No more gas!
The crisis in Ukraine has put energy security (and especially the dependence on Russian gas) on top of the political agenda in the European Union again. However, the EU’s response has been uninspired so far and largely consists of building more gas infrastructure even though demand has fallen for the forth year in a row in 2014.
Large new import pipelines and LNG terminals (Liquified Natural Gas) are part of the the European Commission’s list of priority energy projects (Projects of Common Interest, PCI) as well as its blueprint for energy security(the European Energy Security Strategy).
But investments in gas infrastructure of that scale are not future-proof. They are a waste of money and will have high human rights and environmental costs. Rather than burdening us with useless infrastructure, the EU can choose more realistic, cost efficient and sustainable solutions by lowering energy consumption and generating more energy from renewable sources.
The research and expertise to back up this position is gathered on this page.
Political context – prioritising gas
Fast-track approval – Projects of Common Interest
110 projects in the European Commission’s Projects of Common Interest are related to gas storage or transport – from mega-pipelines between Azerbaijan and Italy and Germany to transforming the harbour of Rotterdam into an LNG hub.
Inclusion on the PCI list means that projects will benefit from the streamlining procedure and the reduction of administrative burdens while obtaining the needed permits.
It also makes it likely they will receive priority funding and public support via the European Investment Bank, the European Bank for Reconstruction and Development, the EU’s Connecting Europe Facility or instruments like Europe 2020 Project Bonds.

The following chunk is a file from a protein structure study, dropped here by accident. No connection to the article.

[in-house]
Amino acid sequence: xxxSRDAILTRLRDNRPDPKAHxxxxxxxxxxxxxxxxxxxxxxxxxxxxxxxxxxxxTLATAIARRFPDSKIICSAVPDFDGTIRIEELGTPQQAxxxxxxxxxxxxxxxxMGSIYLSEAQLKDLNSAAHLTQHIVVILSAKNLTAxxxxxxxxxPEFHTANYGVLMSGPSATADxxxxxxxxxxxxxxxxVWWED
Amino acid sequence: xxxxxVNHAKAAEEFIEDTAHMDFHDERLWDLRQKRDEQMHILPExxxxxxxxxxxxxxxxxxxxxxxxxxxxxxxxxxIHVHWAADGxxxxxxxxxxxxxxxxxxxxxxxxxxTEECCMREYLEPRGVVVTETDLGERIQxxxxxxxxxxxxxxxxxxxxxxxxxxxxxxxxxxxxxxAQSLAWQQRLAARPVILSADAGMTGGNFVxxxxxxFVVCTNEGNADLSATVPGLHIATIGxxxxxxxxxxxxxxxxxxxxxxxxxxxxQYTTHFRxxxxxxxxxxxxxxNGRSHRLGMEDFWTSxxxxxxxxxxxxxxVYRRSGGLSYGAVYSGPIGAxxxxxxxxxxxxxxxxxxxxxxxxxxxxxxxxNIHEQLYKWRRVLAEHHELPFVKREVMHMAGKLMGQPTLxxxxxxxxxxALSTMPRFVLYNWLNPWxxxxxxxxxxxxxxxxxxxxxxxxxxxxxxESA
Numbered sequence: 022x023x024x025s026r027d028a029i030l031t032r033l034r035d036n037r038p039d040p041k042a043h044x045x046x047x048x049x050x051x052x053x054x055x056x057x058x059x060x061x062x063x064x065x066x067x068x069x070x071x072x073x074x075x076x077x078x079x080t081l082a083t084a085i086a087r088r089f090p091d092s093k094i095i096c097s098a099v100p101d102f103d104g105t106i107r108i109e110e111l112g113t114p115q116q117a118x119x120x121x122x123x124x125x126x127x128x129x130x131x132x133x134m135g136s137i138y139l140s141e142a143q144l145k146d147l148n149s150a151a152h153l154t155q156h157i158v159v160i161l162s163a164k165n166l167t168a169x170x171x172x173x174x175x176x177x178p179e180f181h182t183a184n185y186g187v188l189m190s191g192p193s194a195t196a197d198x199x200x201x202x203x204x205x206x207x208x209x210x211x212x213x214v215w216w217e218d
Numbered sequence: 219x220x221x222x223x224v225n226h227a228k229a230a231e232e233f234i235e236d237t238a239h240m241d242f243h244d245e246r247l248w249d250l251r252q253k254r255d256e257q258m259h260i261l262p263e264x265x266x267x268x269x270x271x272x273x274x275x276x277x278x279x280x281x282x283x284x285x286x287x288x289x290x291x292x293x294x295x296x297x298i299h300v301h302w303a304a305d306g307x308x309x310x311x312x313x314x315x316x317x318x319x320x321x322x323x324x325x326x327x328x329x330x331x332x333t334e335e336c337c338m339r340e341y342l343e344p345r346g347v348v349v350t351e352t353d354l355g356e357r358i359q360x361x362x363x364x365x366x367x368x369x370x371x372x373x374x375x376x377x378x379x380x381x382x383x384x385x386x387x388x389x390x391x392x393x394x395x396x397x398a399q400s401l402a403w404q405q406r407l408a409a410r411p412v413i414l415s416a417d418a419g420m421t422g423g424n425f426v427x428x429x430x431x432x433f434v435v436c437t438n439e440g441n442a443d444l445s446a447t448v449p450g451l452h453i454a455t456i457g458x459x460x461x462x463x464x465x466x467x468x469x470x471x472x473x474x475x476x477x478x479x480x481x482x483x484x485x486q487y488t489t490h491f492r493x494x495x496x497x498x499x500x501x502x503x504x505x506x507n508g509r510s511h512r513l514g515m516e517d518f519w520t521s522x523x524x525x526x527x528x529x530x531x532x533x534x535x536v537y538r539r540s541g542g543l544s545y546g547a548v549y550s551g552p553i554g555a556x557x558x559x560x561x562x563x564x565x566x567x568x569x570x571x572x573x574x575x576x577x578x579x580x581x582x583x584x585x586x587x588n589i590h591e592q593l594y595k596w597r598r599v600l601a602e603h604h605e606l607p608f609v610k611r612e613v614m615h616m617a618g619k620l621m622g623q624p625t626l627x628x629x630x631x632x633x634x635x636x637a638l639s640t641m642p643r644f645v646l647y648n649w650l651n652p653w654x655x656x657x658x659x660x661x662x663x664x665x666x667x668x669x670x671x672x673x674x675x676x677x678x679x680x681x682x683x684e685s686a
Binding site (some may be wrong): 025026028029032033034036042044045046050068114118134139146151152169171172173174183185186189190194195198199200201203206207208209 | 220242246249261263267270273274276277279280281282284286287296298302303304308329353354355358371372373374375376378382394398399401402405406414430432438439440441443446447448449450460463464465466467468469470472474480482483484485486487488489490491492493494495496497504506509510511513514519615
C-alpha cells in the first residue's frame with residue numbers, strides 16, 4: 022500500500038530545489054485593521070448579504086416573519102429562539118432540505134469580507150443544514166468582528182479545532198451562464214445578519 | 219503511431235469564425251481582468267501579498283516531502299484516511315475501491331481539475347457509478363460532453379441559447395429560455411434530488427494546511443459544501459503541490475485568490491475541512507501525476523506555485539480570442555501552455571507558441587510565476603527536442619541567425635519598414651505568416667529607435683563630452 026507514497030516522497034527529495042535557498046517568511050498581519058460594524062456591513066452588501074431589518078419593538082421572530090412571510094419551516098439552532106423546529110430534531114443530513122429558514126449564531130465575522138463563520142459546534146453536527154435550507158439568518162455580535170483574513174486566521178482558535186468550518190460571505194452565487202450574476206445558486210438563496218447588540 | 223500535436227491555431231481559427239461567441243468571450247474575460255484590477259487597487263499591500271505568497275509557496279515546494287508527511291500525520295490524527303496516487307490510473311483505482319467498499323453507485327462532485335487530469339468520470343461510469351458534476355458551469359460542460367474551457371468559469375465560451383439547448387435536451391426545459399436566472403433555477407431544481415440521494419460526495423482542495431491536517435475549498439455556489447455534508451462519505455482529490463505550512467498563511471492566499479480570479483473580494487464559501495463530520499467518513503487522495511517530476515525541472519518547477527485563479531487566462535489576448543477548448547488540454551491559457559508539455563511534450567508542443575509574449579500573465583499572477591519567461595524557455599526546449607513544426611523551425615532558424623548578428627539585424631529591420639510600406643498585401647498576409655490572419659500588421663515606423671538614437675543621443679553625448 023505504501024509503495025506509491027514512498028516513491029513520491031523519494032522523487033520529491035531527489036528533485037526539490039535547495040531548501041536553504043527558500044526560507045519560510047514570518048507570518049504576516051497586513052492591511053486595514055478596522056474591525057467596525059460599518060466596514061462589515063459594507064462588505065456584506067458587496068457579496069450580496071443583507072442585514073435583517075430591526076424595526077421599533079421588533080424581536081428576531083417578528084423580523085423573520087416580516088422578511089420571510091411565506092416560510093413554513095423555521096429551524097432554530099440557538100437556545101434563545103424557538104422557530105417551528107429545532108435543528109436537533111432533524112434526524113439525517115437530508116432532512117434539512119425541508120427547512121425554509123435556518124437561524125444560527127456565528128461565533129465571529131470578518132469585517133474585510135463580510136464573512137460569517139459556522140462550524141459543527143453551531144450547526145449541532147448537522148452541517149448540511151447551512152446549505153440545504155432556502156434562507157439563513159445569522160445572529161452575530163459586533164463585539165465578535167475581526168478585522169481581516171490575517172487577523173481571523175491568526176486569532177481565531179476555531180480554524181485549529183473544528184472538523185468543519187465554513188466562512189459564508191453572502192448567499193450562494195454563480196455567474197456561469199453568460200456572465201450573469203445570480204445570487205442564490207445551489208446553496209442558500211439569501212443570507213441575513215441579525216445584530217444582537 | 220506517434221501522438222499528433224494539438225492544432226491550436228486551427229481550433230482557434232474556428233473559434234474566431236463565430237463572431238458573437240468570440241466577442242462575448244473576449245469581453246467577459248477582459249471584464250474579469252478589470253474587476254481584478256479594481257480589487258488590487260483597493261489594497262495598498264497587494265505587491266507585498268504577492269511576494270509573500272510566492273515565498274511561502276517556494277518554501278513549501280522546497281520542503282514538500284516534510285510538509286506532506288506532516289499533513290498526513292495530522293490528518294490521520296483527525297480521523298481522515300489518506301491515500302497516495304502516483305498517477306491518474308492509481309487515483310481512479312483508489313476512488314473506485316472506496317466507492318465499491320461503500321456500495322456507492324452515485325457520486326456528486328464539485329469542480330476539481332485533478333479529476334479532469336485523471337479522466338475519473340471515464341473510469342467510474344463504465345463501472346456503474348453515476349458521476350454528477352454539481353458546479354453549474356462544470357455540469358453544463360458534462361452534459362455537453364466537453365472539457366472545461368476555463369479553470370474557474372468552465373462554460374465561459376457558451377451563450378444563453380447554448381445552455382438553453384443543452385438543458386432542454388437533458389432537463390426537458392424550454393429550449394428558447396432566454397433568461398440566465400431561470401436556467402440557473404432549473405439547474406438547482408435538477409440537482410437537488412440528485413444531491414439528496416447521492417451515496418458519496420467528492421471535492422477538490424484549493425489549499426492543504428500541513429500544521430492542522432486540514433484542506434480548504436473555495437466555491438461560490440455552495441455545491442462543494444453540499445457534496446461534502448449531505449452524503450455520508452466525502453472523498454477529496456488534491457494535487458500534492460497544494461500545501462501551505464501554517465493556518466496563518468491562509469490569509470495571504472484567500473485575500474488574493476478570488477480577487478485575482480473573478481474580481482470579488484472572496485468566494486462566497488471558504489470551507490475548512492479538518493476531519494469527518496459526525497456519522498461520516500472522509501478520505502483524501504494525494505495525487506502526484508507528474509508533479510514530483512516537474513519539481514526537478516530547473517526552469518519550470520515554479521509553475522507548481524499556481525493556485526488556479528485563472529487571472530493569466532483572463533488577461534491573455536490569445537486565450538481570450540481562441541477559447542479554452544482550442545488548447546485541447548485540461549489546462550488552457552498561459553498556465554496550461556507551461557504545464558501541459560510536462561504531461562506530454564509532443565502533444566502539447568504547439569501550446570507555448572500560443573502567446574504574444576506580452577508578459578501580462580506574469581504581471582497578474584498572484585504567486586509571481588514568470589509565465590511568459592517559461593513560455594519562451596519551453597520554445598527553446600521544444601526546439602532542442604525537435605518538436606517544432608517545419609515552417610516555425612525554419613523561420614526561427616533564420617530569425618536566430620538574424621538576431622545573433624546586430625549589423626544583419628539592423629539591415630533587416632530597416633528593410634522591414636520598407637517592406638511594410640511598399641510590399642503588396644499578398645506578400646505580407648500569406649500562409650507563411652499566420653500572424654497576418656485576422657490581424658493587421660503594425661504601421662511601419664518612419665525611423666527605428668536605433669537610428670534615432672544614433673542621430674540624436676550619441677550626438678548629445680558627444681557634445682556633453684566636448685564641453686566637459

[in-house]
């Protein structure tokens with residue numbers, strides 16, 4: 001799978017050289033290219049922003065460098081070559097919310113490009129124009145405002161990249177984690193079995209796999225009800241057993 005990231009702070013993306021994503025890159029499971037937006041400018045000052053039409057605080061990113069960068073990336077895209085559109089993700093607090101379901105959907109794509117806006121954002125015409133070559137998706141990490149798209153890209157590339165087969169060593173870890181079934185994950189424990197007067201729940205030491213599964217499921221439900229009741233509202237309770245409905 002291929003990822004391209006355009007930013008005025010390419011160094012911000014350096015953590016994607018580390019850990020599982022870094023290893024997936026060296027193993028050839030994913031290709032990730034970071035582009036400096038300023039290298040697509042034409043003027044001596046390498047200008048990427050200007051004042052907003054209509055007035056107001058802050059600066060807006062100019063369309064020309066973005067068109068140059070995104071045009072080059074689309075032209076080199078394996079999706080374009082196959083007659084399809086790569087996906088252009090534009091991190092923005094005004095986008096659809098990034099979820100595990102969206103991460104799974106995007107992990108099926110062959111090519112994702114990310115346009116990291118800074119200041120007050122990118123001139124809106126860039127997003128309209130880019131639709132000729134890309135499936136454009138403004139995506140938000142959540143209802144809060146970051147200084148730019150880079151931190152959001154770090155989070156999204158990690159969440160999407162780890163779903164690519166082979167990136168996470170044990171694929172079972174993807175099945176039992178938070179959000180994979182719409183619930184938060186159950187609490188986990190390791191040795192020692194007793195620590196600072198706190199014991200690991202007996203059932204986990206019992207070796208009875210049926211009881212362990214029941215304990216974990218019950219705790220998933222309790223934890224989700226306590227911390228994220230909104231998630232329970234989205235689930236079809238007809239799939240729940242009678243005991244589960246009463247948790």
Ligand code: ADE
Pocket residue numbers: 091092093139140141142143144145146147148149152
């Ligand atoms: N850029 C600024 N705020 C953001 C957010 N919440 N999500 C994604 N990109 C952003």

Energy security strategy
The ‘Energy Security Strategy’ Communication (pdf) which the European Commission released end of May mainly focuses on new, additional supplies of gas, rather than a plan to reduce the EU’s “high gas energy dependency rates” that the European Council actually called for (pdf).
The new sources of gas the Commission has identified include:
- Domestic sources (shale gas, offshore)
- External suppliers (Norway, North Africa, global LNG Market, Southern corridor, Turmenistan, Iran and Iraq)
Some of the infrastructure to make this possible is included in the PCI list.
The price of gas – 3 times as expensive!
The commission estimates that over EUR 200 billion is needed to build the energy infrastructure of which EUR 70 billion would for gas infrastructure. That is at least EUR 70 billion which are invested unwisely:
Not economically viable – Gas is getting more expensive where other, more sustainable sources of energy are becoming cheaper. Between 2001 and 2012 gas prices tripled. Hopes that European shale gas developments and increased US gas exports will revert this trend seem increasingly unrealistic.
Threatening the climate – Europe is currently consuming three times more gas than it should in 2050 in order to stay within a global warming scenario below 2 degrees Celsius. The planned investments will generate a huge overcapacity – even according the EU Commission’s own forecasts -, locking us in for decades to come and crowding out investments in renewables and the reduction of energy consumption through demand side energy efficiency investments.
Creating new dependencies – The new gas imports will increase our dependence on countries like Azerbaijan, Algeria, Qatar and Nigeria – not the most stable democracies to say the least, and all with a well-documented track record of human rights abuses.
Financial speculation – little to gain for consumers